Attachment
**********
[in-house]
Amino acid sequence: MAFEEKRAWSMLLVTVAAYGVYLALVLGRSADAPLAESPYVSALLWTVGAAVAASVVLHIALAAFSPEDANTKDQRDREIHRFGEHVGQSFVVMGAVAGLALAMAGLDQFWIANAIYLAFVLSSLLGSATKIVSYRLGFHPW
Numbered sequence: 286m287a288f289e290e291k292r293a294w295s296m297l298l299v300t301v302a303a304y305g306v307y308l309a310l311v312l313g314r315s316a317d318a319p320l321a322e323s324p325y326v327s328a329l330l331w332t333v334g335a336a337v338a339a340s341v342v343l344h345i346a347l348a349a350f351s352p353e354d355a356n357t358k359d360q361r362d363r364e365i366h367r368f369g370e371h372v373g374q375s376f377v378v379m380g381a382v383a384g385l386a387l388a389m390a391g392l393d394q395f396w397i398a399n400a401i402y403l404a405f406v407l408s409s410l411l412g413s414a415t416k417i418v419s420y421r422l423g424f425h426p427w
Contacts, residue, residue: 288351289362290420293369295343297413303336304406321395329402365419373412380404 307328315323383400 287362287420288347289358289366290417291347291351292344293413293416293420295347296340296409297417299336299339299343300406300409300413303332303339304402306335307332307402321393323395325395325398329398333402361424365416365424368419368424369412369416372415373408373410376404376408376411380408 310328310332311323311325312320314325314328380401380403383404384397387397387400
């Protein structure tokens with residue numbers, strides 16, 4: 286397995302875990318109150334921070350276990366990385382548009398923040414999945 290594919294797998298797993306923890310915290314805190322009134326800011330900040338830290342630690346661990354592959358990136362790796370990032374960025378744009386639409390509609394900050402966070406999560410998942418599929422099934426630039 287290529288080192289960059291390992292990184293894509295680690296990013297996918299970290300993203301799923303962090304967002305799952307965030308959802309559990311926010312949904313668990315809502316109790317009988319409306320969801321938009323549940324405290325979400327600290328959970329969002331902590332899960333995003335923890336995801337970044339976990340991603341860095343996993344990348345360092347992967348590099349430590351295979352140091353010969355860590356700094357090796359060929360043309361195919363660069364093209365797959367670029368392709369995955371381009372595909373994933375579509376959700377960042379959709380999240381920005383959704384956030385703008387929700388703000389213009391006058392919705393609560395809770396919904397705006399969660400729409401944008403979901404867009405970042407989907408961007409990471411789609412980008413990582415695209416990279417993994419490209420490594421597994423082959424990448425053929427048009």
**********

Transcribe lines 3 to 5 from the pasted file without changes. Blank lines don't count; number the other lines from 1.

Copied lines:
Numbered sequence: 286m287a288f289e290e291k292r293a294w295s296m297l298l299v300t301v302a303a304y305g306v307y308l309a310l311v312l313g314r315s316a317d318a319p320l321a322e323s324p325y326v327s328a329l330l331w332t333v334g335a336a337v338a339a340s341v342v343l344h345i346a347l348a349a350f351s352p353e354d355a356n357t358k359d360q361r362d363r364e365i366h367r368f369g370e371h372v373g374q375s376f377v378v379m380g381a382v383a384g385l386a387l388a389m390a391g392l393d394q395f396w397i398a399n400a401i402y403l404a405f406v407l408s409s410l411l412g413s414a415t416k417i418v419s420y421r422l423g424f425h426p427w
Contacts, residue, residue: 288351289362290420293369295343297413303336304406321395329402365419373412380404 307328315323383400 287362287420288347289358289366290417291347291351292344293413293416293420295347296340296409297417299336299339299343300406300409300413303332303339304402306335307332307402321393323395325395325398329398333402361424365416365424368419368424369412369416372415373408373410376404376408376411380408 310328310332311323311325312320314325314328380401380403383404384397387397387400
């Protein structure tokens with residue numbers, strides 16, 4: 286397995302875990318109150334921070350276990366990385382548009398923040414999945 290594919294797998298797993306923890310915290314805190322009134326800011330900040338830290342630690346661990354592959358990136362790796370990032374960025378744009386639409390509609394900050402966070406999560410998942418599929422099934426630039 287290529288080192289960059291390992292990184293894509295680690296990013297996918299970290300993203301799923303962090304967002305799952307965030308959802309559990311926010312949904313668990315809502316109790317009988319409306320969801321938009323549940324405290325979400327600290328959970329969002331902590332899960333995003335923890336995801337970044339976990340991603341860095343996993344990348345360092347992967348590099349430590351295979352140091353010969355860590356700094357090796359060929360043309361195919363660069364093209365797959367670029368392709369995955371381009372595909373994933375579509376959700377960042379959709380999240381920005383959704384956030385703008387929700388703000389213009391006058392919705393609560395809770396919904397705006399969660400729409401944008403979901404867009405970042407989907408961007409990471411789609412980008413990582415695209416990279417993994419490209420490594421597994423082959424990448425053929427048009």